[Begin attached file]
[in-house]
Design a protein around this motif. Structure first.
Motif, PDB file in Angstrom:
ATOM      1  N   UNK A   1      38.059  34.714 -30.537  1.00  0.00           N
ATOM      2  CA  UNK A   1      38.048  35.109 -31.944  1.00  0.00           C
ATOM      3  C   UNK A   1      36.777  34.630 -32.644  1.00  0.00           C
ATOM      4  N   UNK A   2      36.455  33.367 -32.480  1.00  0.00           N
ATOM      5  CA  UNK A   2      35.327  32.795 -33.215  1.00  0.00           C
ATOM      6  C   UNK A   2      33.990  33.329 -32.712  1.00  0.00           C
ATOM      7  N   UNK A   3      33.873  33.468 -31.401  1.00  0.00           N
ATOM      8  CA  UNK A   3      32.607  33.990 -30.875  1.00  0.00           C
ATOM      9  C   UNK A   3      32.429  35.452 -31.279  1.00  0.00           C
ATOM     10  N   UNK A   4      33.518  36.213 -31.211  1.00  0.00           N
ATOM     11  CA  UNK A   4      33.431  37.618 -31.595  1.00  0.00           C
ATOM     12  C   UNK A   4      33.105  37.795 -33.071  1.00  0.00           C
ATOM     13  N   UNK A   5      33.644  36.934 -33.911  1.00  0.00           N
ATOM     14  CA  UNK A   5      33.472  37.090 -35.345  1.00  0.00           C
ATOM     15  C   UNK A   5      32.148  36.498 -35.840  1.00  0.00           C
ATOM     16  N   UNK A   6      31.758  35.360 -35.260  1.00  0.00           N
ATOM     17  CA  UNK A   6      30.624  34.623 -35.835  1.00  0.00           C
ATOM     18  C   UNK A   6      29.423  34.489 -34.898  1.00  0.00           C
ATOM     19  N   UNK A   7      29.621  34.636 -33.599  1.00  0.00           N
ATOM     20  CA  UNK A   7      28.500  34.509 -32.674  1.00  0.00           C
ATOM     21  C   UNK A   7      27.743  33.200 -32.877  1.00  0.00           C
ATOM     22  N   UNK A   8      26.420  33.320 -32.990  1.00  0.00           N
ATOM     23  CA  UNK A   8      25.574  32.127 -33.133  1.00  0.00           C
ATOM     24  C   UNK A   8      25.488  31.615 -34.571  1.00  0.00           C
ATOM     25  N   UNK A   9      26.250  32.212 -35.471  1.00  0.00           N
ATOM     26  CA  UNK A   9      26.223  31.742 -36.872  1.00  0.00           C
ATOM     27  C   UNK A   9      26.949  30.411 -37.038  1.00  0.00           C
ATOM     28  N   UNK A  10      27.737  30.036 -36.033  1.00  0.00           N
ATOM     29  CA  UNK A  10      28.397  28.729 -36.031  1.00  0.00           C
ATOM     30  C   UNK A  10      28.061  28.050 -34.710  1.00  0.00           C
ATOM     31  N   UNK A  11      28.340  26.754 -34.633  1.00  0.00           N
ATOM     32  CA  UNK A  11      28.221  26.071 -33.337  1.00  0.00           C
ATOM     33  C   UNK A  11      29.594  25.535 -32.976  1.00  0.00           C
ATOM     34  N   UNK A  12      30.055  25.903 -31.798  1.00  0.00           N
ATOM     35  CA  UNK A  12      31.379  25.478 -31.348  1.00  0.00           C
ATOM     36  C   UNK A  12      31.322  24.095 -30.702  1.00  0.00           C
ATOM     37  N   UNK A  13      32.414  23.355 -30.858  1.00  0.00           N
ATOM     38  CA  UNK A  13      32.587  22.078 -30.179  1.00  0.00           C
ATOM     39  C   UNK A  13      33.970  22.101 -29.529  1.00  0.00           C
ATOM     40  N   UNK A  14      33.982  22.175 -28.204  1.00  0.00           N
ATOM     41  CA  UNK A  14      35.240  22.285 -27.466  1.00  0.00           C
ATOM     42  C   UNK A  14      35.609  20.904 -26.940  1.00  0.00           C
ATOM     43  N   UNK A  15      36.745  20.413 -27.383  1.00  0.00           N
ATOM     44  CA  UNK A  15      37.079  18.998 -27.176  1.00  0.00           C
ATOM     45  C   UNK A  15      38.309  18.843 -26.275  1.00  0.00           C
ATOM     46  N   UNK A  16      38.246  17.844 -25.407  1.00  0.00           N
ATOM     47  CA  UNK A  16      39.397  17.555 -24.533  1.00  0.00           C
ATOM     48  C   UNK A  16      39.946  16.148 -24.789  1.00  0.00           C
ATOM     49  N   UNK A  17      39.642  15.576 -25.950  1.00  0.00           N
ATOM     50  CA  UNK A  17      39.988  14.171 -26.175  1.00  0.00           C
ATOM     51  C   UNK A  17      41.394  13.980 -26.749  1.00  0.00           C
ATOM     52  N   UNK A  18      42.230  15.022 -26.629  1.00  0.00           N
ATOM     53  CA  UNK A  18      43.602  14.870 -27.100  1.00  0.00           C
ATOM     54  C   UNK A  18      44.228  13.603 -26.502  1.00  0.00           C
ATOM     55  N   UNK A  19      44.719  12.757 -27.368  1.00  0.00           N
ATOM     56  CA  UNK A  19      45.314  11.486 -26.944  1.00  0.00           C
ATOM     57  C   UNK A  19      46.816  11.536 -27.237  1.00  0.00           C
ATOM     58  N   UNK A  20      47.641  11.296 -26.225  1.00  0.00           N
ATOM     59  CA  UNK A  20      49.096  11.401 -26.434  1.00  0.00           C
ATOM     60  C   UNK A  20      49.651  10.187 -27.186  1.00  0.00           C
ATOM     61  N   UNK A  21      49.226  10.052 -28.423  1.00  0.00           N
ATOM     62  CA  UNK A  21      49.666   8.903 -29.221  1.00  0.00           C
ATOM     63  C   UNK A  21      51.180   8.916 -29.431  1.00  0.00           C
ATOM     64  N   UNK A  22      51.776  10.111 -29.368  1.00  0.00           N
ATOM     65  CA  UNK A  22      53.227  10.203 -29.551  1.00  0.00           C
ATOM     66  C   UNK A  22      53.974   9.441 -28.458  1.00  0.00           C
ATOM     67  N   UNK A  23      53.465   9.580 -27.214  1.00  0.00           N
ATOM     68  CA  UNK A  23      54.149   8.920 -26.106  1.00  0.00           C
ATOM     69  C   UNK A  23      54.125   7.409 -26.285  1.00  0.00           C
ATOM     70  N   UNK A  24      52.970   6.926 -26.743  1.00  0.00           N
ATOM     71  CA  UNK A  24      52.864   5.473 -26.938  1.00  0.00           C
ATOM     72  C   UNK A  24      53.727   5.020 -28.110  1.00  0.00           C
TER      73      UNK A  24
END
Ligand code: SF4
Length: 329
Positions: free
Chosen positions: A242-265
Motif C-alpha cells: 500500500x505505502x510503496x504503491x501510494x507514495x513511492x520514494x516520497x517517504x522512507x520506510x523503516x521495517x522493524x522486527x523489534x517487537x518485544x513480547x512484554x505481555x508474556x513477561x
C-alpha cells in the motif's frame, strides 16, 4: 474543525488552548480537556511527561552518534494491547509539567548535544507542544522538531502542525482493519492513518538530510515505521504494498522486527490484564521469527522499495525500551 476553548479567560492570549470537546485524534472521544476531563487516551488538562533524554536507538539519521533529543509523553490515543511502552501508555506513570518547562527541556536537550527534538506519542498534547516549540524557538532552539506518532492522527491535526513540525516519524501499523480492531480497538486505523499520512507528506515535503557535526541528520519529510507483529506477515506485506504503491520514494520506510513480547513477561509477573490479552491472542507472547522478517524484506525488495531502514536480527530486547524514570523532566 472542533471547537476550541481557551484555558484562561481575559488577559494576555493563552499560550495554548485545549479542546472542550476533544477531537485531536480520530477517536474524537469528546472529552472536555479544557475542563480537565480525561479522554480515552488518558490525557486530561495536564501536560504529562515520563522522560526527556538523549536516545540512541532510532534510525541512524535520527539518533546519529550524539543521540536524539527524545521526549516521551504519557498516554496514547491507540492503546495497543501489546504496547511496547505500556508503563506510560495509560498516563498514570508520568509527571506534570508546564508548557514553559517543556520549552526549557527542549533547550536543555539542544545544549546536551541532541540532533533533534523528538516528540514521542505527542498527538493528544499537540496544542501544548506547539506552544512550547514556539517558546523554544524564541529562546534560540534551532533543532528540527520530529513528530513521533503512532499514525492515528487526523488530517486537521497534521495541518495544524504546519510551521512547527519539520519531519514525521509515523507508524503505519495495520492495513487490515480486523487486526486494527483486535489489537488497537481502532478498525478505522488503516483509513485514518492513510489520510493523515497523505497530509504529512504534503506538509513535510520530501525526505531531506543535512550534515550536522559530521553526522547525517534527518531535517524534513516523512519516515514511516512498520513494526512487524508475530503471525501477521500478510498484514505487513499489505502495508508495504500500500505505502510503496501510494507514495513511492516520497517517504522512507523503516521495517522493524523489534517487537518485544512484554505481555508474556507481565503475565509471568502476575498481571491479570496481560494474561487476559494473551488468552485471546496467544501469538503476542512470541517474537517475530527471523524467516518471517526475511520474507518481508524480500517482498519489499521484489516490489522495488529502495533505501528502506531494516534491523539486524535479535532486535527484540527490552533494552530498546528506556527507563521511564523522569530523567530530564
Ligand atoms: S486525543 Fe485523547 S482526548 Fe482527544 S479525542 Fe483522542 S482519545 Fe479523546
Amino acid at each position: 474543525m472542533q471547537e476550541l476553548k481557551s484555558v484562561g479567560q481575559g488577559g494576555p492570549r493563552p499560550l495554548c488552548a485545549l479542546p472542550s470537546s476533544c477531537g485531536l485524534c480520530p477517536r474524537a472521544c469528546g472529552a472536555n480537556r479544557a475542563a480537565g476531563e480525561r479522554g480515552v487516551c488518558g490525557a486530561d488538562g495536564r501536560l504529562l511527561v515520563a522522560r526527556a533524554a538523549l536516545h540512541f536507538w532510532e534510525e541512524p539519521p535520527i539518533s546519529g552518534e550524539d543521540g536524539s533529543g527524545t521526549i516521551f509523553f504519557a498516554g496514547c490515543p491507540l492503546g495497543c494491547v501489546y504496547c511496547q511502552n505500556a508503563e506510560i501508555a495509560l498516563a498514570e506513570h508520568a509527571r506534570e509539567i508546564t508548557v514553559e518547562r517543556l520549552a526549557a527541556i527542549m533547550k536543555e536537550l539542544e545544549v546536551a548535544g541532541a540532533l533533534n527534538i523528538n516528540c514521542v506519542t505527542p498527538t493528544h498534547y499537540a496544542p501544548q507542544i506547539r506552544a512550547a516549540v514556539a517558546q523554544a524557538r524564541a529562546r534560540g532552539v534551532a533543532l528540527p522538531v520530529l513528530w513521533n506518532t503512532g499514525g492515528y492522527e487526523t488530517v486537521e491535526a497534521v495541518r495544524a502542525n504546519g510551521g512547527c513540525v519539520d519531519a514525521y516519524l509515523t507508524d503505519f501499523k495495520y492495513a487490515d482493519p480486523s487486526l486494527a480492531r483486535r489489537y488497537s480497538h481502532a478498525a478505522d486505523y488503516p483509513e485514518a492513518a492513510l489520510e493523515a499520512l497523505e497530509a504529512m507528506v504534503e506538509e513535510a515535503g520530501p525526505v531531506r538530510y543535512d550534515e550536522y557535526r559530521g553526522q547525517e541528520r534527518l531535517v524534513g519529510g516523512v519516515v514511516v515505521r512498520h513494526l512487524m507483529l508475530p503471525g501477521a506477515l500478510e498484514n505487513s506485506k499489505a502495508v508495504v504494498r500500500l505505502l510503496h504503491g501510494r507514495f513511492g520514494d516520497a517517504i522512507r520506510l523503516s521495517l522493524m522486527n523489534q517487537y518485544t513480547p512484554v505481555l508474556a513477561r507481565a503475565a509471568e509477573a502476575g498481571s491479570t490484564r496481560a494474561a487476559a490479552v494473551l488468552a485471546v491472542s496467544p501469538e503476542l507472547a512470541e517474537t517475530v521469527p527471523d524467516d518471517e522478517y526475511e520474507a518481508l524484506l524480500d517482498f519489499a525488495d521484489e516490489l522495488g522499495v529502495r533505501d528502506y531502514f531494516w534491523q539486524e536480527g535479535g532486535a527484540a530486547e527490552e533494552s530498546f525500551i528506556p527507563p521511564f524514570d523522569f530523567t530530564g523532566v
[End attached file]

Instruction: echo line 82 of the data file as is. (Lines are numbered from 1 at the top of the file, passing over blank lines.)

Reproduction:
Motif C-alpha cells: 500500500x505505502x510503496x504503491x501510494x507514495x513511492x520514494x516520497x517517504x522512507x520506510x523503516x521495517x522493524x522486527x523489534x517487537x518485544x513480547x512484554x505481555x508474556x513477561x